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Camcorder Buying Guide
 

Camcorder Buying Guide

Table of contents


What is a Camcorder and what does it do for me?

Capturing and preserving those special moments - birthday parties, graduation ceremonies, baby steps and weddings - has never been so easy. The camcorder, an elegant combination of camera and recorder, archives important meetings and presentations, and even allows you to make your own films (documentaries or some creative video). Camcorders today offer innovative technologies and features to meet your video recording needs.

How Digital Camcorders Work

There are two breeds of camcorder: analog and digital. Digital camcorders have developed into mainstream products, while analog camcorders have nearly been phased out.

In digital camcorders, light travels through the lens and onto the image sensor, which captures and converts light into electronic signals. The next step separates digital and analog camcorders: analog camcorders record electronic signals (waves and pulses) to tape, while digital camcorders translate the same electronic waves and pulses into digital (computer) signals, and then record it to tape (or another type of recording medium).

Where Digital Camcorders Excel

A digital camcorder generally offers better image/audio quality and no quality loss when making copies or transfers, which is not usually the case with analog camcorders. Editing and/or processing video (e.g. cut, merge and special effects) also become far easier as the digital data inside a camcorder's storage is easily processed by a computer. With that many advantages, digital camcorders are extremely competitive solutions for today's savvy user.


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What types of Camcorders can I choose from?

There are many different ways of classifying camcorders, but the most common way is to differentiate by storage/recording medium (e.g. VHS-C, memory card/flash memory, MiniDV, Digital8, DVD and internal hard disk). VHS-C tapes are used by analog camcorders exclusively, but that is not what we recommend (unless there are special requirements/reasons; e.g. you have a VCR and an adapter you need to use). The other types of recording medium are used by digital camcorders, and cover a variety of different requirements for the many different types of users.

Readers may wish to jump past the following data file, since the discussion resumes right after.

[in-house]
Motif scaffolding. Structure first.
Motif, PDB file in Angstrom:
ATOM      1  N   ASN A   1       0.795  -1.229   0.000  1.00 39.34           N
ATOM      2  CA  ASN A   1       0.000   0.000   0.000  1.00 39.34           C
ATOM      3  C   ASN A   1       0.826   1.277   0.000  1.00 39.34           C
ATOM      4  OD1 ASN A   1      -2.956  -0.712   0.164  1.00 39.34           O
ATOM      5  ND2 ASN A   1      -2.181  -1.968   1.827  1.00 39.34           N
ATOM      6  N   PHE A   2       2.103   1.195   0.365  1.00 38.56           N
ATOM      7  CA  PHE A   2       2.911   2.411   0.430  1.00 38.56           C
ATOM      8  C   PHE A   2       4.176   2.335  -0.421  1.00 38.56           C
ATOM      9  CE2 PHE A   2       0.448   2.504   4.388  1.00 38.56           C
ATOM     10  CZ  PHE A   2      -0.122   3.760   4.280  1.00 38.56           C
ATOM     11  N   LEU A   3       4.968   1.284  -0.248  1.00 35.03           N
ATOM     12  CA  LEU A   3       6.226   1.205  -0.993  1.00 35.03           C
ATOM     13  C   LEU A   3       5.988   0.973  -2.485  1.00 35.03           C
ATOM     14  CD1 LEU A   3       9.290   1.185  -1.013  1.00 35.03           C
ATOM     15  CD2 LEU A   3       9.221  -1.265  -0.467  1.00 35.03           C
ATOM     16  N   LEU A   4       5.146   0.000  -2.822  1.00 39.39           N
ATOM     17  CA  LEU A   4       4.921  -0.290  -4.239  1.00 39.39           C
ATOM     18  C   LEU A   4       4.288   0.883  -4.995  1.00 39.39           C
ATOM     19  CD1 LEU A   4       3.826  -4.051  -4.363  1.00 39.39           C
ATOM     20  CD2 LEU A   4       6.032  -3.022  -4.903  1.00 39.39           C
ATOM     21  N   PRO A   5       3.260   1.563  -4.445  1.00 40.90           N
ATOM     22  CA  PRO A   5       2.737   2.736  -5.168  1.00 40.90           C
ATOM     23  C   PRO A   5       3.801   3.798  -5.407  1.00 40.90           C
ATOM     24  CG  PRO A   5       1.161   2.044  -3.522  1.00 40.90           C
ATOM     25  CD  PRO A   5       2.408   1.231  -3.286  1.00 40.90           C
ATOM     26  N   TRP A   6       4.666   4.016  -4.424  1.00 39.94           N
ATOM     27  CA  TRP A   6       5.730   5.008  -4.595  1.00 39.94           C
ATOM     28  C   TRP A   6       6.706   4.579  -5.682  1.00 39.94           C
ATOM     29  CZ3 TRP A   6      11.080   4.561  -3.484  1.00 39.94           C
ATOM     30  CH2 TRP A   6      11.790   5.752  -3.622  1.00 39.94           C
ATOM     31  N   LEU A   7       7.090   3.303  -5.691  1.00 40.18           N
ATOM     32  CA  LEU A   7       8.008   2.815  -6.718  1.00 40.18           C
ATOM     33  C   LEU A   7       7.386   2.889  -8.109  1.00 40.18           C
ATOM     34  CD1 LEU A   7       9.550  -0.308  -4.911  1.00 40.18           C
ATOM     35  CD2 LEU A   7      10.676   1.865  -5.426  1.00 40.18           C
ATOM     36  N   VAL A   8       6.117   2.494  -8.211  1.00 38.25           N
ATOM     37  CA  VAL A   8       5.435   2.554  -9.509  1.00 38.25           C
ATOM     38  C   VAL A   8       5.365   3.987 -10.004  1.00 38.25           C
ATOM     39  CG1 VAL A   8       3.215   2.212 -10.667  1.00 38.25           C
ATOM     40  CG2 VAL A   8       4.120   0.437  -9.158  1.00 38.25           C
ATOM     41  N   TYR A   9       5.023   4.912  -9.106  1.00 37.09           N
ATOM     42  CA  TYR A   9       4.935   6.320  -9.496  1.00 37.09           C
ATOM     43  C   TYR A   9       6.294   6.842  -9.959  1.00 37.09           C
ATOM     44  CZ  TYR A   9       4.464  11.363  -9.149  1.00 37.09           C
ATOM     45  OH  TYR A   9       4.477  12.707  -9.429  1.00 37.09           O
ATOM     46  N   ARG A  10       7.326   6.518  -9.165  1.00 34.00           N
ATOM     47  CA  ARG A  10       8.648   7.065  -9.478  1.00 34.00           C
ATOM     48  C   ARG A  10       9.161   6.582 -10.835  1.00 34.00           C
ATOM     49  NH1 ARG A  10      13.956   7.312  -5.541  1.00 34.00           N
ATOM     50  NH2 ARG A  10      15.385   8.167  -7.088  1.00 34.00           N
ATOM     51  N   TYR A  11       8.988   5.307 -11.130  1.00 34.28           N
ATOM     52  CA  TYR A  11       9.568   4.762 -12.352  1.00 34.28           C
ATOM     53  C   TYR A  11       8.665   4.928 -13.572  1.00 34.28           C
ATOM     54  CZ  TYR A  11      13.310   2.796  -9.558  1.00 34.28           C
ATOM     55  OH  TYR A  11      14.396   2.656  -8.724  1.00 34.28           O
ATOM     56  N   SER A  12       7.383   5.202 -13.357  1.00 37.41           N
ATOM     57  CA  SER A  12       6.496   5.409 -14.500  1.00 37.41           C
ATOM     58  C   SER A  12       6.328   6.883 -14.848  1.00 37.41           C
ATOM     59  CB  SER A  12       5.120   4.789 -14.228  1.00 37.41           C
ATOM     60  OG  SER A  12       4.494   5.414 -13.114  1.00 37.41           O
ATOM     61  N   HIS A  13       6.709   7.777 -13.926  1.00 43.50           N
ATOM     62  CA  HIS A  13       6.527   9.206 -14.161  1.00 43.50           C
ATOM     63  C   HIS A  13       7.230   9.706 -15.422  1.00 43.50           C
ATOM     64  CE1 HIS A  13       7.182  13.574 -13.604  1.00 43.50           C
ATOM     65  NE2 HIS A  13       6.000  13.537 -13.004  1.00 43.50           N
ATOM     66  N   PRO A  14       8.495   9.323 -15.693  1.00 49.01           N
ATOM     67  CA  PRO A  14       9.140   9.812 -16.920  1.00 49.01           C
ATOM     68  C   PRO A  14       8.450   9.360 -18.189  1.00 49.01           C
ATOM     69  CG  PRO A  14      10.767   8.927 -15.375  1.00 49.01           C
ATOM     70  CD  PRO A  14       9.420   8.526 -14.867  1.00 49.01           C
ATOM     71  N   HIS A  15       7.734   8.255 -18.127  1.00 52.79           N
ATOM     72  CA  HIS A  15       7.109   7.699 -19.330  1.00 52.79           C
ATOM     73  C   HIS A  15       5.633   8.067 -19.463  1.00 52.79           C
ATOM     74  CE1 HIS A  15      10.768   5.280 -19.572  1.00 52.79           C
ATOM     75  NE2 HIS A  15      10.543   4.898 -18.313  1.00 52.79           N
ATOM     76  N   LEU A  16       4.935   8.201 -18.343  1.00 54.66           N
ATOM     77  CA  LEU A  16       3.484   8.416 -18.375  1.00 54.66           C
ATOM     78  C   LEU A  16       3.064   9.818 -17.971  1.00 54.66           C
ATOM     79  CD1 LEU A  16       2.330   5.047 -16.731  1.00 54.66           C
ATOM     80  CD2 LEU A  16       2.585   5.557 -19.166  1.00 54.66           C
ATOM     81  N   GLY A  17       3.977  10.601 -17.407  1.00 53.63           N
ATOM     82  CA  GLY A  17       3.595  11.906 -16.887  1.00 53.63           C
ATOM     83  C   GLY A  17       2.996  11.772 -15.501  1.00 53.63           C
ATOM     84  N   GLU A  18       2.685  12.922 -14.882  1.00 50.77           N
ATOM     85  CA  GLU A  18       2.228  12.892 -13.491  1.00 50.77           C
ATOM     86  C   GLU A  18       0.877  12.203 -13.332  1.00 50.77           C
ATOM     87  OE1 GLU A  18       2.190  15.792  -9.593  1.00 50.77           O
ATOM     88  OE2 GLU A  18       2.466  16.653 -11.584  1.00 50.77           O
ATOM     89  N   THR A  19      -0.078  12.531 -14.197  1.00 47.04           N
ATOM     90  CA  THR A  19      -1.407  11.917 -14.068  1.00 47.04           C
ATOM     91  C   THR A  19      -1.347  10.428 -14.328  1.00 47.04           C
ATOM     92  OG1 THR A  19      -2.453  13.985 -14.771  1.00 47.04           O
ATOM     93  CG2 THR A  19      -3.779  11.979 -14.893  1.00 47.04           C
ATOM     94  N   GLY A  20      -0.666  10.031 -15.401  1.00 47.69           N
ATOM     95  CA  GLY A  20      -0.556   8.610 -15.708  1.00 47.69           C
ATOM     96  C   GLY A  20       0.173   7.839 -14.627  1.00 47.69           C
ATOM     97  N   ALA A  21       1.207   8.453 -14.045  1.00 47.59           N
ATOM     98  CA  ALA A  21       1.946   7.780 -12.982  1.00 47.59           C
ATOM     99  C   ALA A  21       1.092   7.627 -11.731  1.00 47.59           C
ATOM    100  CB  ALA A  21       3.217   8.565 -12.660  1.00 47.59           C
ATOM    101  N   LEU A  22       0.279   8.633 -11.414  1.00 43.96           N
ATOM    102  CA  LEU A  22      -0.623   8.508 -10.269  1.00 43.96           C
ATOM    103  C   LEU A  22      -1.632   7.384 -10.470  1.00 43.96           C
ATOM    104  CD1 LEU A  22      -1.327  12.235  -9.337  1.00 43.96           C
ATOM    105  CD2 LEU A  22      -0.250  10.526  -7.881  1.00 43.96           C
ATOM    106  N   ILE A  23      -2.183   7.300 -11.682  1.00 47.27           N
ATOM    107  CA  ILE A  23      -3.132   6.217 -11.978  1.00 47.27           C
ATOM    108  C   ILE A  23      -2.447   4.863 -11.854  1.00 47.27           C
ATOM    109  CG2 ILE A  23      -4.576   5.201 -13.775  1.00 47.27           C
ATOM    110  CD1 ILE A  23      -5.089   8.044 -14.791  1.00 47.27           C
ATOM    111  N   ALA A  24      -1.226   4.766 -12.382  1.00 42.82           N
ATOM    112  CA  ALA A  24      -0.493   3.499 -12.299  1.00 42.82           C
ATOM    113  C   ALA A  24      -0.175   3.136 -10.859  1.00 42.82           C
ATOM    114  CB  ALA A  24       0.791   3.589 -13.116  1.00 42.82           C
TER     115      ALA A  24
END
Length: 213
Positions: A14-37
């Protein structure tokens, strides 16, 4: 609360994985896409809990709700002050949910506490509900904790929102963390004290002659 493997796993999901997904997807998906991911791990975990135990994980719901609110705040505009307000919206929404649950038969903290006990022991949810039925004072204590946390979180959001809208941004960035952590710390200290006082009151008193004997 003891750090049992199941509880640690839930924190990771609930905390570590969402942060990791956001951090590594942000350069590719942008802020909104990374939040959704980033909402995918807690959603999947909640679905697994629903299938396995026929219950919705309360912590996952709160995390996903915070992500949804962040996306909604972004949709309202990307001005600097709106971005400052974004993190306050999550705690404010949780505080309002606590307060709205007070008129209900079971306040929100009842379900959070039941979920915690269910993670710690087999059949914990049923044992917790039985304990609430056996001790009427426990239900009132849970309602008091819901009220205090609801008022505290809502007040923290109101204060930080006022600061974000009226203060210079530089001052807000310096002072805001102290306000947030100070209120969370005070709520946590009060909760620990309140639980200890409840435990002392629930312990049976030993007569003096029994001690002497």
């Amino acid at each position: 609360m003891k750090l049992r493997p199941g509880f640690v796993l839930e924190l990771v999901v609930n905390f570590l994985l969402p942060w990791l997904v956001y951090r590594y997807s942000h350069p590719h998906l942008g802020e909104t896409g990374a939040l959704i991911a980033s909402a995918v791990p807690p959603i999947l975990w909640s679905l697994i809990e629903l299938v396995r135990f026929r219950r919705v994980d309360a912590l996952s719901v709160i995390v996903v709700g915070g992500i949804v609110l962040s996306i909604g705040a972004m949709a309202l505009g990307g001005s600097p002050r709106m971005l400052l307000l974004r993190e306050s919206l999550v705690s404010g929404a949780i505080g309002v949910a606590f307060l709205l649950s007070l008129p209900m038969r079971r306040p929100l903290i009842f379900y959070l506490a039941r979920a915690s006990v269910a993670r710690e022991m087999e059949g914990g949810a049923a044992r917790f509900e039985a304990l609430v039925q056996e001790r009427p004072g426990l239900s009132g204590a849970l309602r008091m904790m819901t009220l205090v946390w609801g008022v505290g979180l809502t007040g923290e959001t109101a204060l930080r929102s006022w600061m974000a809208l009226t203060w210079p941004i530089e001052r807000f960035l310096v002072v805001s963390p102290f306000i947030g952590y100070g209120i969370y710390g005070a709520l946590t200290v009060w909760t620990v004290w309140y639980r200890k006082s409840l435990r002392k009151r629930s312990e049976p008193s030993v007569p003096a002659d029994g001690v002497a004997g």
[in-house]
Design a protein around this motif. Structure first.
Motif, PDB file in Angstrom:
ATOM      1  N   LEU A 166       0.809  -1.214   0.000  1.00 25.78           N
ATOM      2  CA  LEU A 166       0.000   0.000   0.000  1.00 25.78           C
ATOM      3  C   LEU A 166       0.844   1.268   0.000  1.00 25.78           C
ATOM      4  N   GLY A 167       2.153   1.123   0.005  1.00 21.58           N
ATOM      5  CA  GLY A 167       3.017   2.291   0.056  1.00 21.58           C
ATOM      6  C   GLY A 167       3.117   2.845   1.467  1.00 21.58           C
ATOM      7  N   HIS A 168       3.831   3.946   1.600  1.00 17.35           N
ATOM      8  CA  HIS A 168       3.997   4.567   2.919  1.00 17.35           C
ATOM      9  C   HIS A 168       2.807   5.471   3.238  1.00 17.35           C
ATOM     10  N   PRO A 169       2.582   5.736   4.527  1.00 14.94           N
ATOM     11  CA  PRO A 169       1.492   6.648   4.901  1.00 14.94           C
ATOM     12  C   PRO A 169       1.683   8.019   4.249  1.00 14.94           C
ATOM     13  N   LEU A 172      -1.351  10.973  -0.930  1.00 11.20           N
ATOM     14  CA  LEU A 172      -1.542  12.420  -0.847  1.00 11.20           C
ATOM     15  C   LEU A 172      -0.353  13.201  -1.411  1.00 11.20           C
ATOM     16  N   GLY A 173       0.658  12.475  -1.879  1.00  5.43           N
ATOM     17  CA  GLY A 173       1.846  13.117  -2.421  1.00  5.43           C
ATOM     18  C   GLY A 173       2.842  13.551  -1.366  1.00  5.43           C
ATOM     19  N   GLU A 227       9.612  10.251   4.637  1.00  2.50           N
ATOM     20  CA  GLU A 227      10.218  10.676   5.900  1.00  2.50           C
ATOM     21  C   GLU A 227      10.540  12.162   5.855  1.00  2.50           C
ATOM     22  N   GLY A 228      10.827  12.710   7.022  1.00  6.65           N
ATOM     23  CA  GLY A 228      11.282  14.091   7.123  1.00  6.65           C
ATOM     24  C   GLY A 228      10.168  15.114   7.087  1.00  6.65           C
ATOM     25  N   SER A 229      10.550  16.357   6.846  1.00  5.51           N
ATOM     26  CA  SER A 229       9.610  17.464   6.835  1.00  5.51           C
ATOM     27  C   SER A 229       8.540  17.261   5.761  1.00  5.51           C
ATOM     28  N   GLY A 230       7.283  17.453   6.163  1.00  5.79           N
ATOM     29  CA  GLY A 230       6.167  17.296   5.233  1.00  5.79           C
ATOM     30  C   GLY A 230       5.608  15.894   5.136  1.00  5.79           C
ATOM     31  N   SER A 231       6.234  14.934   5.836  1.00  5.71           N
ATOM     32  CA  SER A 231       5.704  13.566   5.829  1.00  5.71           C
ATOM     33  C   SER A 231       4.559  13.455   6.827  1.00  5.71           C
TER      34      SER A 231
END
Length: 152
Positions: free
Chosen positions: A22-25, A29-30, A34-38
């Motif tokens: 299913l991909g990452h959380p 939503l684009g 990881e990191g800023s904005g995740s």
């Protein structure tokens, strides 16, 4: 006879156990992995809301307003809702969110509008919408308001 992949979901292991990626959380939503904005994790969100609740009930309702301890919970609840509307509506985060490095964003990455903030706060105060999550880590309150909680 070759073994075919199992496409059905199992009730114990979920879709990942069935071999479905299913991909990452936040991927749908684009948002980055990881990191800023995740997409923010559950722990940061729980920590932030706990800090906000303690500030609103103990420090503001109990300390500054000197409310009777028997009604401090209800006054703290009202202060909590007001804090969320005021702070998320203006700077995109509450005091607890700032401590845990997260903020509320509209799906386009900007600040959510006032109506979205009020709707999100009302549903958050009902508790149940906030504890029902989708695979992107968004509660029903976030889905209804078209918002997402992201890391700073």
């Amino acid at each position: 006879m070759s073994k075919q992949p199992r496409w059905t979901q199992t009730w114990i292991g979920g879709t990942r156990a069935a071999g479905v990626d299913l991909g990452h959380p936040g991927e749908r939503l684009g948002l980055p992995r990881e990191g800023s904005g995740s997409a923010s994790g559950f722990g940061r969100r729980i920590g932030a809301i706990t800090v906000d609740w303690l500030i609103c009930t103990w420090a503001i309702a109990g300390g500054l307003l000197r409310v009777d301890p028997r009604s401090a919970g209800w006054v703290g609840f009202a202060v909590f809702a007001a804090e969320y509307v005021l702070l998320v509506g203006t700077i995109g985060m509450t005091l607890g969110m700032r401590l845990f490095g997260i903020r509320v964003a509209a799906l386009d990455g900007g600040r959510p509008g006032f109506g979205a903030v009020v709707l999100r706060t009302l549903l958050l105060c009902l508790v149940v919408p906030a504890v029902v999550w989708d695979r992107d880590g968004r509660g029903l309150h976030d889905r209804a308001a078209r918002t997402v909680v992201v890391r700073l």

MiniDV

The majority of digital camcorders use MiniDV cassettes that record DV-format video. This type of camcorder produces much higher quality pictures than videos recorded by consumer analog camcorders. Depending on the model, MiniDV camcorders can deliver resolutions of more than 500 horizontal lines. In addition, some of the latest consumer/semipro camcorders support the high-quality HDV-format, which is capable of delivering up to 720 or 1080 lines of horizontal resolution. These camcorders record HDV-format video on MiniDV cassettes as well.

Depending on the type of cassette and recording settings, a cassette can offer from less than 60 minutes to 120 minutes or more recording time.

A MiniDV Camcorder  A MiniDV Cassette


With a variety of products on offer, the MiniDV camcorder is suitable for almost all kinds of users, from budget to semipro, and everyone in between. The dominance of the MiniDV camcorders makes it the industry standard now and in the foreseeable future.

MICROMV

The MICROMV camcorder is a Sony-exclusive product. The cassette is smaller than the MiniDV and the camcorders record video in MPEG-2 format, which is not compatible with a large number of video editing software. This type of camcorder is designed for high mobility and image quality, but has already been phased out.

Digital8
Another Sony-exclusive product, the Digital8 camcorder records DV-format video on analog 8mm and Hi8 cassettes as well as dedicated Digital8 cassettes. With high-quality DV-format support, Digital8 models can deliver more than 500 lines of horizontal resolution as well. Digital8 camcorders and their cassettes are larger in size and more affordable than their MiniDV counterparts, making them perfect for budget users.

DVD

3-inch DVD-R/RW and DVD+RW discs are sometimes used as recording media in Mini DVD camcorders (DVD-R/RW or DVD+RW). DVD-RAM discs are also utilized by a number of camcorders, but DVD-RAM discs can only be accessed via DVD-RAM compatible drives, while DVD-R/RW and DVD+RW are supported by most DVD drives. You can typically expect to record 30 minutes worth of video on a Mini DVD disc.

DVD camcorders record high-quality MPEG-2 video directly to DVD disc, and are capable of delivering more than 500 lines of horizontal resolution. DVD-R discs are write-once discs and can be played with most home DVD players, while DVD+/-RW discs will allow you to record again and again on the same disc. DVD-R/RW and DVD+RW discs are easily accessed by PC DVD drives and are also supported by most of the newer home DVD players.